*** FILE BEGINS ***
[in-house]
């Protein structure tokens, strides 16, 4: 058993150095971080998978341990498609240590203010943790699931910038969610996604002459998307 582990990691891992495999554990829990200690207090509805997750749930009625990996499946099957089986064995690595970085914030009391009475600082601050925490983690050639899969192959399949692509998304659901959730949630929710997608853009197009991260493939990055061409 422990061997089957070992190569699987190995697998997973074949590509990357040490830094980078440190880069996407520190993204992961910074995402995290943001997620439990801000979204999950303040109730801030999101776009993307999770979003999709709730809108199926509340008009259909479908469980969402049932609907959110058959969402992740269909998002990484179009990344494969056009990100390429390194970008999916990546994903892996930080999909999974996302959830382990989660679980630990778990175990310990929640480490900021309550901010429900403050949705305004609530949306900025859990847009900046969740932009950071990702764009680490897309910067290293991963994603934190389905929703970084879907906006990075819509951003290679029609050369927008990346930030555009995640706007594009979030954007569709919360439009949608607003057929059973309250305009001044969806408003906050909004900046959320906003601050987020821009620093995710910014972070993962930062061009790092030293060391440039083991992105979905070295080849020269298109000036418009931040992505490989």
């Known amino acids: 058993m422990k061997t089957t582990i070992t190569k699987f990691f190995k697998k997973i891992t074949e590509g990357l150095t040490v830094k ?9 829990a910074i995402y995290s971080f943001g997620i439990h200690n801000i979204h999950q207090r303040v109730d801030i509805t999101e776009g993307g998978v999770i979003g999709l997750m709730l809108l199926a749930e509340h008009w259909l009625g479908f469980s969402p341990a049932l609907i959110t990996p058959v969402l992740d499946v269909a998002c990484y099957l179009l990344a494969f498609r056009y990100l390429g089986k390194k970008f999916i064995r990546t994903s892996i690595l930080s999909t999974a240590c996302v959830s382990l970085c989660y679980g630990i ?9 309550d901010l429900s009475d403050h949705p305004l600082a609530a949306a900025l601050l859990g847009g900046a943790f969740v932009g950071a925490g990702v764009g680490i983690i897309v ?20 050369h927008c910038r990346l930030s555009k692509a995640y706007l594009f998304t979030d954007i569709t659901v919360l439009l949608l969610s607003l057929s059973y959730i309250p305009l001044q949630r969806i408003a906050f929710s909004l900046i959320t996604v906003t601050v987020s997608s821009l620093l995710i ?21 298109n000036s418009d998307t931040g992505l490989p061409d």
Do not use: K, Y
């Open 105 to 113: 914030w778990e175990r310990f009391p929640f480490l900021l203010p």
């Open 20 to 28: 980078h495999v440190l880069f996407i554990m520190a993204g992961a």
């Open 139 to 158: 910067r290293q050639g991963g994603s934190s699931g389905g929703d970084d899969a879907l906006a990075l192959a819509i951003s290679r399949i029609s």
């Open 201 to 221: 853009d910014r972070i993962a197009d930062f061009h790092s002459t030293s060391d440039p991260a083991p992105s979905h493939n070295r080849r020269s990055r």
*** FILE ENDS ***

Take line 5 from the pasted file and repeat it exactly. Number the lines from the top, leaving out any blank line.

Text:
């Open 105 to 113: 914030w778990e175990r310990f009391p929640f480490l900021l203010p």